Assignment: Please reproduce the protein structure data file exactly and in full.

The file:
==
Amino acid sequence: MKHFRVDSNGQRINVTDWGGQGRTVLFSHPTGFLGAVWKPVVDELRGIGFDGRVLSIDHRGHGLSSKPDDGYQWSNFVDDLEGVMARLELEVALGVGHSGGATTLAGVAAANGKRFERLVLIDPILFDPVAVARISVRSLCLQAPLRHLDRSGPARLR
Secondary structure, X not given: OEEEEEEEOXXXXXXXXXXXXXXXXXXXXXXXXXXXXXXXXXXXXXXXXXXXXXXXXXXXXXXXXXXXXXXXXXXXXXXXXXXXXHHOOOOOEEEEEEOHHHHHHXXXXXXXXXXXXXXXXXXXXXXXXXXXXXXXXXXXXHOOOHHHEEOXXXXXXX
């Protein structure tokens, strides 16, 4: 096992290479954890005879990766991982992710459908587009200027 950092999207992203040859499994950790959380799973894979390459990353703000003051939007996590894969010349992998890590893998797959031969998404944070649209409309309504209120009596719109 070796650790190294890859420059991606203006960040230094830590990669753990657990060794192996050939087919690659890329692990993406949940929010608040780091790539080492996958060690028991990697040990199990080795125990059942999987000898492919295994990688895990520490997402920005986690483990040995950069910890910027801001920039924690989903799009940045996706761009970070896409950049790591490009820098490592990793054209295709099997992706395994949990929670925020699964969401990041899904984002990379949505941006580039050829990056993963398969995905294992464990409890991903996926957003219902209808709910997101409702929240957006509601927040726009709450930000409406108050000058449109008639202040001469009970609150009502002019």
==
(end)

Amino acid sequence: MKHFRVDSNGQRINVTDWGGQGRTVLFSHPTGFLGAVWKPVVDELRGIGFDGRVLSIDHRGHGLSSKPDDGYQWSNFVDDLEGVMARLELEVALGVGHSGGATTLAGVAAANGKRFERLVLIDPILFDPVAVARISVRSLCLQAPLRHLDRSGPARLR
Secondary structure, X not given: OEEEEEEEOXXXXXXXXXXXXXXXXXXXXXXXXXXXXXXXXXXXXXXXXXXXXXXXXXXXXXXXXXXXXXXXXXXXXXXXXXXXXHHOOOOOEEEEEEOHHHHHHXXXXXXXXXXXXXXXXXXXXXXXXXXXXXXXXXXXXHOOOHHHEEOXXXXXXX
């Protein structure tokens, strides 16, 4: 096992290479954890005879990766991982992710459908587009200027 950092999207992203040859499994950790959380799973894979390459990353703000003051939007996590894969010349992998890590893998797959031969998404944070649209409309309504209120009596719109 070796650790190294890859420059991606203006960040230094830590990669753990657990060794192996050939087919690659890329692990993406949940929010608040780091790539080492996958060690028991990697040990199990080795125990059942999987000898492919295994990688895990520490997402920005986690483990040995950069910890910027801001920039924690989903799009940045996706761009970070896409950049790591490009820098490592990793054209295709099997992706395994949990929670925020699964969401990041899904984002990379949505941006580039050829990056993963398969995905294992464990409890991903996926957003219902209808709910997101409702929240957006509601927040726009709450930000409406108050000058449109008639202040001469009970609150009502002019």